The Boston City Council unanimously passed an ordinance Thursday that brings Boston closer to allowing electric scooters on its streets. The ordinance established regulations for scooter companies such as Lime and Bird and guidelines for a flexible licensing structure.
Brookline will begin an e-scooter pilot program Monday morning, with Bird and Lime deploying 200 total vehicles across the city, according to MassLive.
Under state law, e-scooters are not fully legal in Massachusetts. State law stipulates motorized scooters must be equipped with turn signals and brake lights, which most such vehicles don’t have.
The City Council’s ordinance also establishes an advisory committee to the Boston Transportation Department, which will include a representative from the Mayor’s office, the Council, the Disabilities Commission and the Environment Department, according to the ordinance.
The ordinance gives BTD control over the number of scooters allowed on Boston’s streets and the number of licenses issued and renewed each year.
It also bars “small vehicles” from being stored on crosswalks, curb ramps, fire hydrants, building entrances and exits and public utilities, as well as requires electric scooter businesses to submit a plan to the City’s advisory committee detailing how they will maintain rider safety.
District 6 City Councilor Matt O’Malley, who spoke in favor of the ordinance at a hearing last Wednesday, said during the meeting he supported the ordinance, as it was “an incredibly important first step” to welcoming a new form of transportation onto Boston’s streets.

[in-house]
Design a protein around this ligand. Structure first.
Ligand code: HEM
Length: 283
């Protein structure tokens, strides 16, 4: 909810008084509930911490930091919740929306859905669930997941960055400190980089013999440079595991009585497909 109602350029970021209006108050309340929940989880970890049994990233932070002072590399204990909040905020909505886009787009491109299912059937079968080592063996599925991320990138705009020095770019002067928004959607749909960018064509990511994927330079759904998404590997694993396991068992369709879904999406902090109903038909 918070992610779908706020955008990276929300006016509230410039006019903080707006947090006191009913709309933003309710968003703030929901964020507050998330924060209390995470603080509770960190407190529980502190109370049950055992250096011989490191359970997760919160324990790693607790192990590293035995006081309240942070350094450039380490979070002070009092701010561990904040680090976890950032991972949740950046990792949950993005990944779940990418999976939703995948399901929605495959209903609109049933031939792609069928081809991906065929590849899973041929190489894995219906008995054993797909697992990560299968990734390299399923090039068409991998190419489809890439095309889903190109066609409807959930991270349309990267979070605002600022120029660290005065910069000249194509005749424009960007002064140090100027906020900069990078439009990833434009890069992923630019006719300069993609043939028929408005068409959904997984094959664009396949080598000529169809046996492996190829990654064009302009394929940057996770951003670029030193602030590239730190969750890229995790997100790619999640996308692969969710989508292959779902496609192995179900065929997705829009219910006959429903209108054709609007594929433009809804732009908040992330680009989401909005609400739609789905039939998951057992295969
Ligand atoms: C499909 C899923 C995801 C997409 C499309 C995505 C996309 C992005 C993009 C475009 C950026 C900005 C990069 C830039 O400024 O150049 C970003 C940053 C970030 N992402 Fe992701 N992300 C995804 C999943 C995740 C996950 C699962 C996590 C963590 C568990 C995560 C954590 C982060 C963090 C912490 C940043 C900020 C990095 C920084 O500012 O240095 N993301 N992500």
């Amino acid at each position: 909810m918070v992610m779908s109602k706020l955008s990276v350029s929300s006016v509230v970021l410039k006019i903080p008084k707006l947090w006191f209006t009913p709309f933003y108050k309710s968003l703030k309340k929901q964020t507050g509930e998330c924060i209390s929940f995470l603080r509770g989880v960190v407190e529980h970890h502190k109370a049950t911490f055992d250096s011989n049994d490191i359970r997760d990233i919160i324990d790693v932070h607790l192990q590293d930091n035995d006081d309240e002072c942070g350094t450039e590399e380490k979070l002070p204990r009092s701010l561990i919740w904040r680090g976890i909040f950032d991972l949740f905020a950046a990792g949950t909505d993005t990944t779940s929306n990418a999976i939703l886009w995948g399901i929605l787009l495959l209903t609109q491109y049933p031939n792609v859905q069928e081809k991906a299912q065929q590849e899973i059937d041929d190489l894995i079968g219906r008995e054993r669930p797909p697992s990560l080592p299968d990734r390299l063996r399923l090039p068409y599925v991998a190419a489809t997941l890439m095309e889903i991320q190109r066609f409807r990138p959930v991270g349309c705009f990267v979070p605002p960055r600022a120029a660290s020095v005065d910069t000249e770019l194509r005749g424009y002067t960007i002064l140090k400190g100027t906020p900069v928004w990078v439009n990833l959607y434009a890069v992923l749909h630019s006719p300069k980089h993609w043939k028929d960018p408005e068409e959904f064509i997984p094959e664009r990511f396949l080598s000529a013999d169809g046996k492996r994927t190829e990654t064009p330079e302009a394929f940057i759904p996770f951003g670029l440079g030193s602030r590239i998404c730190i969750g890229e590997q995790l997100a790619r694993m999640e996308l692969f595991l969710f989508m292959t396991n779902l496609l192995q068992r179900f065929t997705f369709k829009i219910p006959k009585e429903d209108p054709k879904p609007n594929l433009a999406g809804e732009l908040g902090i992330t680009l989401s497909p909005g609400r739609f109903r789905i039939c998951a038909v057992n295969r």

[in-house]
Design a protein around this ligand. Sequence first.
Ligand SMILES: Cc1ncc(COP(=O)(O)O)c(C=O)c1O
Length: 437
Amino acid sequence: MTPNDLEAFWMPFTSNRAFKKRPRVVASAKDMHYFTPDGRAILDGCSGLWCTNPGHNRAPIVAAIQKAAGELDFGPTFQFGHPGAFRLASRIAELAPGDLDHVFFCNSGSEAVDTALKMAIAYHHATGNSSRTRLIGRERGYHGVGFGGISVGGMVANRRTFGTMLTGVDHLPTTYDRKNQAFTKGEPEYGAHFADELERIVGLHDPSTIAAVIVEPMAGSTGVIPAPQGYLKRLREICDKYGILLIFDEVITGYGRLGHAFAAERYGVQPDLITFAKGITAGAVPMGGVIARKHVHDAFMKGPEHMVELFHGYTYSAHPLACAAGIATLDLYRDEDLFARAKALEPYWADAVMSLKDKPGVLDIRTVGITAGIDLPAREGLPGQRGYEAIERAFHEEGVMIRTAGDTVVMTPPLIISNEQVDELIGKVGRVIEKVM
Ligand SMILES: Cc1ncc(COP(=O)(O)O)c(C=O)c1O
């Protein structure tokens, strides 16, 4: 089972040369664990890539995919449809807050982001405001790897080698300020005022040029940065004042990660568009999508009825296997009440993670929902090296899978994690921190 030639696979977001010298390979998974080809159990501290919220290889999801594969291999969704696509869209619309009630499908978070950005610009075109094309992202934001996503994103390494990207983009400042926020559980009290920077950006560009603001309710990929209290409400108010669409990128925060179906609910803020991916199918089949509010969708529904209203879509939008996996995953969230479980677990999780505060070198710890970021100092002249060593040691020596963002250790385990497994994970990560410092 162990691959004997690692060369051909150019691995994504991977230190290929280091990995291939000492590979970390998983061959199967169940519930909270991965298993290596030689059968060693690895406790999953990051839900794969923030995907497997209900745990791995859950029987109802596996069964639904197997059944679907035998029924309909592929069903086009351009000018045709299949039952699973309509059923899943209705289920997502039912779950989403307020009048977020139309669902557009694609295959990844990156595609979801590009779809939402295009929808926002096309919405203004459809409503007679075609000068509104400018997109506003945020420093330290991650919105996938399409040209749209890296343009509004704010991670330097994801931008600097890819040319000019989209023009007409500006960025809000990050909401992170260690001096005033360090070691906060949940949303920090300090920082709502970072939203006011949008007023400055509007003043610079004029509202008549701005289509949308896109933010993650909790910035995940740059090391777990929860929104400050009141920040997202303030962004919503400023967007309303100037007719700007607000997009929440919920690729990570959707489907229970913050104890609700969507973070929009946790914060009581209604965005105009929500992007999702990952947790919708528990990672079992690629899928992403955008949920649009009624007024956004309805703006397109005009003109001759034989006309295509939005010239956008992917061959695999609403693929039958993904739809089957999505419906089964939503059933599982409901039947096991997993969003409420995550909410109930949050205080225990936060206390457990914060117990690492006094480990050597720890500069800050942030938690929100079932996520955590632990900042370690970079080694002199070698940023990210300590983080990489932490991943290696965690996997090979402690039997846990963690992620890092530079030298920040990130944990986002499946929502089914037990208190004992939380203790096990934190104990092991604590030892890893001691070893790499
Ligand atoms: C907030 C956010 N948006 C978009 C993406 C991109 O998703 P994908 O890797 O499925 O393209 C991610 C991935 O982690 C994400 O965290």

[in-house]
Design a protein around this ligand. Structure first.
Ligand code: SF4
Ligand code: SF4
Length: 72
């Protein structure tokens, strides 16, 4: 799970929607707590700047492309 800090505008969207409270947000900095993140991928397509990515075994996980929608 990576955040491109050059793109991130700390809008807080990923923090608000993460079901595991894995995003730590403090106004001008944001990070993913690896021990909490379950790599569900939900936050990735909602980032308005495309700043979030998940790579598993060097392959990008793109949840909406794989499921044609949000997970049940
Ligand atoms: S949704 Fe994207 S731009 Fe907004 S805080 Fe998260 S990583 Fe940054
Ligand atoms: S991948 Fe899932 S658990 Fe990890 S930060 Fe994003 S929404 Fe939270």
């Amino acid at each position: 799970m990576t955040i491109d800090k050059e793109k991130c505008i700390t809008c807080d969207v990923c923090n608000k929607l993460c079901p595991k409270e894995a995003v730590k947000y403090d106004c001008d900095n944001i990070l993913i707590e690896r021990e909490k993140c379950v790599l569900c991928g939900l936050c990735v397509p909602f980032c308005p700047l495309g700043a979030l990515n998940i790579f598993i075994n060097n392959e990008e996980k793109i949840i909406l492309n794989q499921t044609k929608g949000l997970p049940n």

“We’ve seen other cities have tremendously successful rollouts of micro-mobility, particularly electric scooters, and we’ve seen others that have had some fits and starts since the beginning,” O’Malley said. “So we’re going to do it right. We’re going to do it the Boston way.”
A spokesperson for Bird said in an emailed statement the California-based company looks forward to working with Boston to bring their e-scooters to the city’s residents.
“Bird is thrilled to see Boston become the first major city in the Northeast to embrace our environmentally friendly transportation solution,” the spokesperson said. “We are committed to working with the City of Boston to help reduce its congestion and improve mobility for residents.”
Boston Mayor Martin Walsh first proposed this ordinance at the end of January. Before the City Council voted on the ordinance, it was reviewed by the Council’s Committee on Government Operations last Tuesday, which recommended the ordinance should pass.
Aric Sypert, 20, of Fenway, said he believes Bird could provide “greener transit,” but he is worried that “people could leave them wherever.”
Shae Fowler, 25, of Fenway, said he supported the scooter initiative, as it would help Boston become more environmentally friendly.
“I think that the scooters would be a great idea,” Fowler said. “It would be great for the environment, and a city like Boston needs it.”
Amy Hassett, 34, of Fenway, said she supported the initiative because the addition of electric scooters would create another transportation option for Boston’s college students.
“I think using scooters is a great idea,” Hassett said. “Boston already has the option of bikes, and I think another option would be great, especially because there are so many colleges around here.”